Communities are small. Networks are large. Communities are intimate. Networks are not.
I saw the news that Kent Goldman of First Round Capital was branching off to start his own firm called Upside Partnership, and instantly flagged him in my mind as a venture capitalist I want to work with.
- Understands and invested in building community
- Focus on purpose driven founders
Community is what I crave in my life. From my experience, all the magic in life stems from the communities you belong to. We are building a community building platform, utilizing hospitality exchange as the hook to facilitate in person connections (the lifeblood of every community).
Upside Partnership’s strategy of making every founder in the network a partner is brilliant, on many levels. It aligns founder incentives to go the extra mile to collaborate and help each other, turning a “network” with a common investor tie into a true “community”. Those that understand community, know there is a massive difference between those two terms.
What’s likely going to happen inside that community? Founders pro-actively seeking to support others during the inevitable ruts (more critical than you think). Business development opportunities, cross app distribution, and joint PR & marketing. Great founders at companies that don’t end up succeeding, will be more likely to join other companies in the portfolio. Founder friendships. Of course, all of this, will result in massive goodwill toward Upside Partnership and future dealflow with purpose driven founders.
I haven’t raised money yet (aside from money from Start-up Chile), so not sure exactly how intimate founder networks are at most VC firms. My gut is they are like most networks; more “group” and less “community”.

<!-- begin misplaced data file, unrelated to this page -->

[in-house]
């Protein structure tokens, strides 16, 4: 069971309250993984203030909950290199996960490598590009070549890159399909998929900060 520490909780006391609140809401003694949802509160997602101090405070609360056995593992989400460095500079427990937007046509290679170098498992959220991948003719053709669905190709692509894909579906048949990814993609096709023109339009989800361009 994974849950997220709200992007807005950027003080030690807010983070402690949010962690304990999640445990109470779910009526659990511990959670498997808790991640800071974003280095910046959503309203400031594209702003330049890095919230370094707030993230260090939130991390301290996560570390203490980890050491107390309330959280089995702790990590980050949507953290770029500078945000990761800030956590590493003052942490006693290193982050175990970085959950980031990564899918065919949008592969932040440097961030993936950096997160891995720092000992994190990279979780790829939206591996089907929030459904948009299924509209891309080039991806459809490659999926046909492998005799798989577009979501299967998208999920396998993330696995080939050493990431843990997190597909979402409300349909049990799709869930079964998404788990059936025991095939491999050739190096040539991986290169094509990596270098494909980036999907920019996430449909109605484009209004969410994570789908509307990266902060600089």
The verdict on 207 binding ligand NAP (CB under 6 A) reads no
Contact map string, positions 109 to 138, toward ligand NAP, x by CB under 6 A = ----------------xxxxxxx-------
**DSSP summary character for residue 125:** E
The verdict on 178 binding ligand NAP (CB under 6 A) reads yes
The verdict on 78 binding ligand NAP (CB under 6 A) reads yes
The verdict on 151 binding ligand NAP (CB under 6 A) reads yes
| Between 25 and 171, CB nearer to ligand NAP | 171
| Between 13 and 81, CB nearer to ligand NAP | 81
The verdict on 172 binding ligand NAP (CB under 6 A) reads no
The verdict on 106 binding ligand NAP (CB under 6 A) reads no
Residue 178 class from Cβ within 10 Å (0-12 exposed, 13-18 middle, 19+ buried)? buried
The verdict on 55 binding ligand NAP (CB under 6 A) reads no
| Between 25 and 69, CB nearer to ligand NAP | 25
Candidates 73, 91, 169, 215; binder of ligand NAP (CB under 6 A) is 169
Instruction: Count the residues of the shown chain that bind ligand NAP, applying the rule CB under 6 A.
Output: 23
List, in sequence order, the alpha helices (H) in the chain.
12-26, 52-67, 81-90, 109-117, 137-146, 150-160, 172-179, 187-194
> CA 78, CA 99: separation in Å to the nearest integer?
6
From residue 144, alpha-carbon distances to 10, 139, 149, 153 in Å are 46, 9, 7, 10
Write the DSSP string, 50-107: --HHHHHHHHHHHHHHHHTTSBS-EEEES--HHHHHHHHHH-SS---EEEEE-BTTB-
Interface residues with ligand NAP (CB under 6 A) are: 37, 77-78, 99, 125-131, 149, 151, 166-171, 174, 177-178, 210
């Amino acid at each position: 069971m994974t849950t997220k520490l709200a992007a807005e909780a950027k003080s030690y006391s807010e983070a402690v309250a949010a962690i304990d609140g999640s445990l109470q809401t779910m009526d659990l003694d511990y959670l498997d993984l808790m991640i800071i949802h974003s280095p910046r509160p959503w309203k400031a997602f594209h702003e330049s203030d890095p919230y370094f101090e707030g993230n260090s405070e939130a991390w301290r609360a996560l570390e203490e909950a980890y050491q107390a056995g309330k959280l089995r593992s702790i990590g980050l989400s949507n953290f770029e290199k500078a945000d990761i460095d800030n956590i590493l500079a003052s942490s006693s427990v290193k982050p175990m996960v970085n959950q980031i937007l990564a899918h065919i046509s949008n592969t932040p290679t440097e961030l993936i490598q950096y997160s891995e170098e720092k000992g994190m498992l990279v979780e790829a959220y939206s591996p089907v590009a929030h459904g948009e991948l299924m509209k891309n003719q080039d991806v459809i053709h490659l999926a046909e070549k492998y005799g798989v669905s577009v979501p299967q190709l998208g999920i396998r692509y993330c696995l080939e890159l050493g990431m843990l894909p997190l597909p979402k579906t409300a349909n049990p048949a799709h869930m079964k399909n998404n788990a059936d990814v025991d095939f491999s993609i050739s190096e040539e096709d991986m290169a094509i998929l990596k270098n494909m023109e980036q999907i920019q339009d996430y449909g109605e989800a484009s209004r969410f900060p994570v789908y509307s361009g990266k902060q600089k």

Upside is building an intimate community aligned around the goal of maximizing portfolio success.
Purpose Driven Founders
When the first words out of a founder’s mouth are ”what’s your exit strategy?”, my eyes glaze over. When they talk about spammy marketing strategies to pad their user count, I daze off. When they talk about buying fake Twitter followers, I cringe. When they can’t answer “why?” with something other than “to make money”, I sigh.
Opportunistic founders exist everywhere. They see financial opportunity, and start businesses to capitalize on them. Money is their motivator, and will do anything that pads their bank account. They seldom care deeply about the actual business they are working on. They sometimes exit successfully, but seldom (never?) hit massive home runs.
If it’s not already obvious, I’m not an opportunistic founder. I’ve always known I wanted to start my own company. It was a matter of when, not if. Building a massive technology business is a crapload of work; I’ve seen it first hand at Zillow. It’s not worth putting years of blood, sweat, and tears into building something, simply to make a few bucks. I was clear about my motives with Oh Hey World, and they haven’t changed as we take our 2nd swing at this opportunity with a completely different product.
Enabling community, wherever in the world you may be, is a problem worth spending years solving. After all, the community and people around you are where all of life’s magical moments originate.
From the surface, Kent is exactly the type of investor the right founders will want to work with. Props to Upside Partnership, seemingly the most founder-friendly seed firm around.